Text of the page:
Glass Bottle developer to rebuild empire in Middle East
DEVELOPER Bernard McNamara, who is financially 'broke' and facing debts of €1bn, is beginning the task of rebuilding his empire in the Middle East.
Mr McNamara (60) is acting as a private consultant to a company that has formed a joint venture to pursue property projects in Qatar in the United Arab Emirates (UAE).
The Irish Independent has learned that Mr McNamara has made frequent trips in recent times to the Gulf state, but the nature or scale of the developments the consortium is pursuing are not known.
Details of payments the Clare-born builder is due to receive for his consultancy work in the UAE have been sought by a group of private investors amassed by Davy Stockbrokers who backed the ill-fated acquisition of the former Irish Glass Bottle Site.
The ongoing row with the Davy investors is a matter of huge sensitivity to both parties and details of the Qatar venture, revealed in the course of the Davy proceedings, could not be confirmed by a spokesman for Mr McNamara last night.
Mr McNamara's pursuit of new business interests in the Middle East comes as difficulties mount for the developer at home. Last month the four-star Killeshin Hotel in Portlaoise was placed into receivership by Anglo Irish Bank, which bankrolled the Glass Bottle deal.
Anglo is believed to be owed some €20m by the hotel in which Mr McNamara has a 50pc interest.
The former Glass Bottle site, bought three years ago in a deal worth €426m by Becbay, a consortium led by Mr McNamara and including the Davy private clients, is now valued at less than €60m.
Earlier this year Ringsend Property Limited (RPL), a Jersey-registered company into which the interests of the Davy investors were transferred last year, sought and secured a €62.5m personal judgment against Mr McNamara.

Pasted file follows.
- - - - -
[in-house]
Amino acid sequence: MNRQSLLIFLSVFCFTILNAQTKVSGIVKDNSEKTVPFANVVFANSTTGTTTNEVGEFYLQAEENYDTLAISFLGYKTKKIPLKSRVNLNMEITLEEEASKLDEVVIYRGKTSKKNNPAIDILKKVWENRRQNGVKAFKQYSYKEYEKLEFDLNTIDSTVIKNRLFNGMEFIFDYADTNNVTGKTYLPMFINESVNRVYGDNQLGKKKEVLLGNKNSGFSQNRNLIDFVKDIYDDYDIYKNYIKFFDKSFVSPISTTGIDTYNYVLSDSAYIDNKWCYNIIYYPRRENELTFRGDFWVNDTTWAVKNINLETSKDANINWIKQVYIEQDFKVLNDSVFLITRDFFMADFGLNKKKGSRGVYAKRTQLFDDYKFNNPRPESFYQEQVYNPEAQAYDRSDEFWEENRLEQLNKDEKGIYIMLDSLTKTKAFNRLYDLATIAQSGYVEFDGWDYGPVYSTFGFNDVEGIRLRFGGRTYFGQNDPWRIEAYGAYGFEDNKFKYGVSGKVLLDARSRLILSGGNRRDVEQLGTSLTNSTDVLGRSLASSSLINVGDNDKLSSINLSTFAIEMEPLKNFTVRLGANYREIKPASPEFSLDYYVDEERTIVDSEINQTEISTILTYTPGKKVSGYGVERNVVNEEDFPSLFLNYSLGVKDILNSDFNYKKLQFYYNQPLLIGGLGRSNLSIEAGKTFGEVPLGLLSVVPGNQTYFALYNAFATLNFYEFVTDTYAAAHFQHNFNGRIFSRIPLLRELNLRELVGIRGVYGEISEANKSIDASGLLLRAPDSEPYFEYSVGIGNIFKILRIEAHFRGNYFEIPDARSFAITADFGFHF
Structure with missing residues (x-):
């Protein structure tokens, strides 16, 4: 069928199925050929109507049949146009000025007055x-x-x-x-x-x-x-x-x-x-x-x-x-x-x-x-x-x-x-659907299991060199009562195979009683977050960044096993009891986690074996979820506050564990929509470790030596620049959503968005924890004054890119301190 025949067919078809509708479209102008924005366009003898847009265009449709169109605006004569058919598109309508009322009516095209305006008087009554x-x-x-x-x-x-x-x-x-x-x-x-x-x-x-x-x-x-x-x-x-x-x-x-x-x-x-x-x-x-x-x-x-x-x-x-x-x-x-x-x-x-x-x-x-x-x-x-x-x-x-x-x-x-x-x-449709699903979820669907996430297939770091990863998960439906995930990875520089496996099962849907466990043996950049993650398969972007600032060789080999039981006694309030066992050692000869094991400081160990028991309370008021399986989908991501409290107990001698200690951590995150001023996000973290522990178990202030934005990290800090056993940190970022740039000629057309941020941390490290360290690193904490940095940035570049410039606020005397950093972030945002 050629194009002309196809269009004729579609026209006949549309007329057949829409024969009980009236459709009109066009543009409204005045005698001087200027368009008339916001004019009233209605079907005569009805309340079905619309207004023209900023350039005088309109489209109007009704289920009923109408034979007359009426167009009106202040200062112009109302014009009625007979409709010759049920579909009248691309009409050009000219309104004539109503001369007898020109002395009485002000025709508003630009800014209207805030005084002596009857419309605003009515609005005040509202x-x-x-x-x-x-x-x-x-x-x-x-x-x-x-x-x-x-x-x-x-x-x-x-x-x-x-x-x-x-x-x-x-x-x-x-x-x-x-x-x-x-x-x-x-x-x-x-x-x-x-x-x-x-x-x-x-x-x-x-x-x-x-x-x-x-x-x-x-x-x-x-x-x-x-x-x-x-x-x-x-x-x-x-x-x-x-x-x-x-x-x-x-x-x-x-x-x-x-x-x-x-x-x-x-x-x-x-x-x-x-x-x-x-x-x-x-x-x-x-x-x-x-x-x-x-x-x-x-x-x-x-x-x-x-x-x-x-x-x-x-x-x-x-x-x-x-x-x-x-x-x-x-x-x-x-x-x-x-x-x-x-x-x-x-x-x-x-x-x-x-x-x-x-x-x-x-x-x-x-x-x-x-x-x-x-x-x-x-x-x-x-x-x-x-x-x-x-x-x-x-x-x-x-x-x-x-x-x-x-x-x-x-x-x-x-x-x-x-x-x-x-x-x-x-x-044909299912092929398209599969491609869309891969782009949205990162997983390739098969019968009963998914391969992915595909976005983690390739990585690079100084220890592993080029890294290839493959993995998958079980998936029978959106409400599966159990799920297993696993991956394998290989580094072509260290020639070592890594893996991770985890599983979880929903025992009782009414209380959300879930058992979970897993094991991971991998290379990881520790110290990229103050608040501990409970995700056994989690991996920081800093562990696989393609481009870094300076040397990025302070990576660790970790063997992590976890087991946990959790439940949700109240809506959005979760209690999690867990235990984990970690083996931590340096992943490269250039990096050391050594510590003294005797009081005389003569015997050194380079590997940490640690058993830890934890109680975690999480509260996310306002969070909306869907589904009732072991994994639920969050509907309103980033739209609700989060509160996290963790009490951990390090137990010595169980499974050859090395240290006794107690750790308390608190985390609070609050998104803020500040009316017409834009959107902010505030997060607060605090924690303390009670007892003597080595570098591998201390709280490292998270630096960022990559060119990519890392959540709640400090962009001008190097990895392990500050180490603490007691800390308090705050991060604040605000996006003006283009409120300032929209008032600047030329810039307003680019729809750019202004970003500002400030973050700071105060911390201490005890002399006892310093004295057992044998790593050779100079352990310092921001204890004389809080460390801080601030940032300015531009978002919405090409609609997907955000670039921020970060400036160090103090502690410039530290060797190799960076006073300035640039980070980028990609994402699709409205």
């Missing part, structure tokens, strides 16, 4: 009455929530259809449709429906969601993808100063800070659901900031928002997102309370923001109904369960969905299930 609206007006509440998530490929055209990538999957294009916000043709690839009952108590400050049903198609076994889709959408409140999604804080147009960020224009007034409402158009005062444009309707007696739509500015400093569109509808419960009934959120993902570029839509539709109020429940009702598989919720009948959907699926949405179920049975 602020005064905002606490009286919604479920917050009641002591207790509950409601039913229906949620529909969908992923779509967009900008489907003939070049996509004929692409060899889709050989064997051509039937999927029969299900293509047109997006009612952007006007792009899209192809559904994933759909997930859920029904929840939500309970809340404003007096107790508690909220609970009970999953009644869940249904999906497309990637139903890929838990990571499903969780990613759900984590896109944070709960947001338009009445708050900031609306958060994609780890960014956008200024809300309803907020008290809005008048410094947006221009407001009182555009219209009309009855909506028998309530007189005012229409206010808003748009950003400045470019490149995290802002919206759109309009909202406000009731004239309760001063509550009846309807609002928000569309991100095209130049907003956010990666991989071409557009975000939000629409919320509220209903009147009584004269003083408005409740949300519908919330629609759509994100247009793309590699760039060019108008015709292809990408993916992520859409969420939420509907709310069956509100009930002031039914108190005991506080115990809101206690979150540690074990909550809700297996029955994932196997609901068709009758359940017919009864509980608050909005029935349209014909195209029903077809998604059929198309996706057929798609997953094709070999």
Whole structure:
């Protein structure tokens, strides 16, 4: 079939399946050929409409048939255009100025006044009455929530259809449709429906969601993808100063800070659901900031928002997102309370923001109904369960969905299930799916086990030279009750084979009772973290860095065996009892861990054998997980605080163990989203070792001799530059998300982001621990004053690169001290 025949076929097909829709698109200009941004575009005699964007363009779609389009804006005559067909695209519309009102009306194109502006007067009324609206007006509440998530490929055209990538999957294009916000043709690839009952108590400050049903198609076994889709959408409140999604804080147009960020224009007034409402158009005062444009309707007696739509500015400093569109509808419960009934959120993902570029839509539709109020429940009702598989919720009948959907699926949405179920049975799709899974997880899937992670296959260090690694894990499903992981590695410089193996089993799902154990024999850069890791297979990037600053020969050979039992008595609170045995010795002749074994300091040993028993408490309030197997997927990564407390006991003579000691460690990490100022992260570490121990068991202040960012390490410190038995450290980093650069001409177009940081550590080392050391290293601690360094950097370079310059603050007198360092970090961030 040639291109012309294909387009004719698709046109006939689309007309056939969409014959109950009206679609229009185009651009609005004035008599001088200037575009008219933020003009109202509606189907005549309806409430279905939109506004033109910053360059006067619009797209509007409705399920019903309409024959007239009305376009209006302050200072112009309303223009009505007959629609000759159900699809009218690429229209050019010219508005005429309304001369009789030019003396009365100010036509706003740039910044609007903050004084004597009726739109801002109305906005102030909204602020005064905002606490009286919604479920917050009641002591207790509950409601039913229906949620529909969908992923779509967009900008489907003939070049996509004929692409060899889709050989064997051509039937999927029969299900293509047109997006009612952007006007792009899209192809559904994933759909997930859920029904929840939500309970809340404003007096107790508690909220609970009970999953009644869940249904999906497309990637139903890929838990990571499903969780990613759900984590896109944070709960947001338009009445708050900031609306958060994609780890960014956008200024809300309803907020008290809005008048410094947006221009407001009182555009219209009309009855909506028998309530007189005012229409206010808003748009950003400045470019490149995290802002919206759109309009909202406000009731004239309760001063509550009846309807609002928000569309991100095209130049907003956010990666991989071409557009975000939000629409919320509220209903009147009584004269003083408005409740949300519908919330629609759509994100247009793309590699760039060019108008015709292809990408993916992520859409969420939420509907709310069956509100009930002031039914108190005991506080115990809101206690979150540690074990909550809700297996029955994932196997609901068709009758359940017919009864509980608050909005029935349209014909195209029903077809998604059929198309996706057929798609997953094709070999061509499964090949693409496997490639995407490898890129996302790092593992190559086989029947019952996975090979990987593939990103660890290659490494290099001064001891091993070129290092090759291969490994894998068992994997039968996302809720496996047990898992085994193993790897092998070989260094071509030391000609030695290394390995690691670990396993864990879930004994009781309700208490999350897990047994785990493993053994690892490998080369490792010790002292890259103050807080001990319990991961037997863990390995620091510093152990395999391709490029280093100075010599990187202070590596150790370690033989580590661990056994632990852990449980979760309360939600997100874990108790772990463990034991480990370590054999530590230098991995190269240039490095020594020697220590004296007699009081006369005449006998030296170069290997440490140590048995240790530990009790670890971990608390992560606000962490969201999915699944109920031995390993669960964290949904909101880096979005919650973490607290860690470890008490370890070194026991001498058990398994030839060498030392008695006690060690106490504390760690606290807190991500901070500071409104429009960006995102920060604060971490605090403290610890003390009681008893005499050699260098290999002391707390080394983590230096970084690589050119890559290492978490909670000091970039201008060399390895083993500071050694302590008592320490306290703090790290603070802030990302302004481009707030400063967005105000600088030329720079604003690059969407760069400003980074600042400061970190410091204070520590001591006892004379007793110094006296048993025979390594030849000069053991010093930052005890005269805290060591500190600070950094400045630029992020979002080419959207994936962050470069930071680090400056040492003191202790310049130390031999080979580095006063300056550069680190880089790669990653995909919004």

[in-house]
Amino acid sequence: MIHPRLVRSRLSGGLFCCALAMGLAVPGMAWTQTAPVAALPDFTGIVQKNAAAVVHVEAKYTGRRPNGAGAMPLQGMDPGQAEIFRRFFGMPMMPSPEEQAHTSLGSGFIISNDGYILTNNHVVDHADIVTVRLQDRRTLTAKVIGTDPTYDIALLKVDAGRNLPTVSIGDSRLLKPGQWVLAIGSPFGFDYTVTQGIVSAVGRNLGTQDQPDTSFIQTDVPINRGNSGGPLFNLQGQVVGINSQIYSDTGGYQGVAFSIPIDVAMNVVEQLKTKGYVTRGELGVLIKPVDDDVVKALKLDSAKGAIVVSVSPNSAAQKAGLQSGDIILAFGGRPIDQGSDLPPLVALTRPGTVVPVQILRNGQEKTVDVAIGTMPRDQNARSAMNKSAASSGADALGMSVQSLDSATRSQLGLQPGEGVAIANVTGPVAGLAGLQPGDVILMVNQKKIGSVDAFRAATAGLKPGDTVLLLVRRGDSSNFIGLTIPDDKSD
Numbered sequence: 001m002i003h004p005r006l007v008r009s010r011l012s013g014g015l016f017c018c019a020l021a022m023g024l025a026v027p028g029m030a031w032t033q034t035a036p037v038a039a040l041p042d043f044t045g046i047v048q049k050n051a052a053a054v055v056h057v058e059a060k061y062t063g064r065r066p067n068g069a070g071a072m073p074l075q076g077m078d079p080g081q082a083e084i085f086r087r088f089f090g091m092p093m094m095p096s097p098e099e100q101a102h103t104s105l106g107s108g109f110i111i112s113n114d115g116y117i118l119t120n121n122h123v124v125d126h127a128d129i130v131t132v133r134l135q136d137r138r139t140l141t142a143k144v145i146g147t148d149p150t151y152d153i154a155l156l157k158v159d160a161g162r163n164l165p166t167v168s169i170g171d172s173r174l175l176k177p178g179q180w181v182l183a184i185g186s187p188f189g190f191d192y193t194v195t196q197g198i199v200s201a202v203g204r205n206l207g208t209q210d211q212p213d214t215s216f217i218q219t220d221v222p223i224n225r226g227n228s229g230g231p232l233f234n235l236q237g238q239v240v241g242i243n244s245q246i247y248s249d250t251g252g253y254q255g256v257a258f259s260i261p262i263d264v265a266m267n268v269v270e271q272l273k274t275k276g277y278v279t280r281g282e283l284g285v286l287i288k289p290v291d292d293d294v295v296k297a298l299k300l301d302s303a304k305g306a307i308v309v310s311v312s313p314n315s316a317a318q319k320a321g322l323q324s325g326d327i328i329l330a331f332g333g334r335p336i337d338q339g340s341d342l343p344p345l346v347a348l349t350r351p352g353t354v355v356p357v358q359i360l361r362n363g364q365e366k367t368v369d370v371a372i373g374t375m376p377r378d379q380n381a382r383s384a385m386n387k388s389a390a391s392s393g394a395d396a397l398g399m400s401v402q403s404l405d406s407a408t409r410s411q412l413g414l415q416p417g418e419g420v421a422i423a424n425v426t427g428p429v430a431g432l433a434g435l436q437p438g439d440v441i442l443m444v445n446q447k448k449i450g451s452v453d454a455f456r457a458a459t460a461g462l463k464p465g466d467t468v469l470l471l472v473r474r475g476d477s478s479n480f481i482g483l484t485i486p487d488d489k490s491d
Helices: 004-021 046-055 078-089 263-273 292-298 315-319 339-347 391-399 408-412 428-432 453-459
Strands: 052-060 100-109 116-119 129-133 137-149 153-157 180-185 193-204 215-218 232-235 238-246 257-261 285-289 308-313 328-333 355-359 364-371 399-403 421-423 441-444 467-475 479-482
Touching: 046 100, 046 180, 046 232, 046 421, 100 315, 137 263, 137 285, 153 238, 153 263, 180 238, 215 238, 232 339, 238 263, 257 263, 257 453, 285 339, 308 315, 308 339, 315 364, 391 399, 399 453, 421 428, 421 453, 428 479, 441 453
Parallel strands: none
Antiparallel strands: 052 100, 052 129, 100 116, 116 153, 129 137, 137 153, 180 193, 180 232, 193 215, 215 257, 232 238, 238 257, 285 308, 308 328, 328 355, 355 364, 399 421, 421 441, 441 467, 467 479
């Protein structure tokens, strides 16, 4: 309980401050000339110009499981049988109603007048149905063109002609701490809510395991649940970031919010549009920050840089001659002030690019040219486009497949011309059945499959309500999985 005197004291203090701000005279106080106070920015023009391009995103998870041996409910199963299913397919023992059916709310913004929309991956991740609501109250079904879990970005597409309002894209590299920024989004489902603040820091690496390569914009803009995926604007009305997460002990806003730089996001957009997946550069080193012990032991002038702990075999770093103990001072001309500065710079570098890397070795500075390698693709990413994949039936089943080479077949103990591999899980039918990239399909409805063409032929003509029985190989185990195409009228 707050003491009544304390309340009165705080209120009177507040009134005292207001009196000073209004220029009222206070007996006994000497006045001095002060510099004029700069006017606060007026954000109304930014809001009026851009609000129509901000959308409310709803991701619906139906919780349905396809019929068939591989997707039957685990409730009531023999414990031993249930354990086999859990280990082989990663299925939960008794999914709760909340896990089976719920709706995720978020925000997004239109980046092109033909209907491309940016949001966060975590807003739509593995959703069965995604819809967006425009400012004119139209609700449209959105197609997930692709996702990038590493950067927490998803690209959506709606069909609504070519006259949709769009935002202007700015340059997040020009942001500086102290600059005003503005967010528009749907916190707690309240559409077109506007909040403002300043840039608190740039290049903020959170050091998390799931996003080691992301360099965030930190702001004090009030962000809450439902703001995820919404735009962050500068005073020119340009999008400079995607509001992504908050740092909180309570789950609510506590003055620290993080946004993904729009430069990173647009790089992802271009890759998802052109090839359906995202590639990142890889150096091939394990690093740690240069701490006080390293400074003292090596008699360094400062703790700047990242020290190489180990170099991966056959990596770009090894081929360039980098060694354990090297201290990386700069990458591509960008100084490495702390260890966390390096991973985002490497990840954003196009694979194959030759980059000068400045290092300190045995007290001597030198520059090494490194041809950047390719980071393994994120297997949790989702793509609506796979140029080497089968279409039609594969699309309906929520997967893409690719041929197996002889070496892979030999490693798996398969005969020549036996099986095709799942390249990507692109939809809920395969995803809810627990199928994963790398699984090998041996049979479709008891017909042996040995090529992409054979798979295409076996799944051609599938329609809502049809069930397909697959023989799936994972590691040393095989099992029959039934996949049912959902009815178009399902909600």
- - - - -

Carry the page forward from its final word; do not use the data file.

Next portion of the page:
As part of its efforts to execute the judgment, RPL got a High Court order to compel Mr McNamara to file a full statement of affairs detailing all of his assets and their value, whether those assets were held in Ireland or abroad and whether they were held solely, jointly or on trust.
RPL also sought details of all property transfers or assets to family members or connected parties and companies from 2005 to 2010 and details of Mr McNamara's shareholding in Michael McNamara and Co, the construction firm founded by his father.
Bernard McNamara, who resisted attempts by RPL to disclose details of any projects that Michael McNamara and Co is involved in -- claiming that they were "irrelevant" and not within the ambit of any information RPL was entitled to -- disclosed that he was acting as a consultant to the joint venture pursuing new opportunities in the Gulf. Last month the developer avoided having to publicly disclose the extent of the collapse of his personal and corporate wealth when he reached an agreement with the Davy investors to provide a full statement of affairs.
The judgment, the largest personal guarantee debt ever granted in the Irish courts, is still outstanding. However, the deal reached between RPL and Mr McNamara means that his personal wealth will not now be disclosed.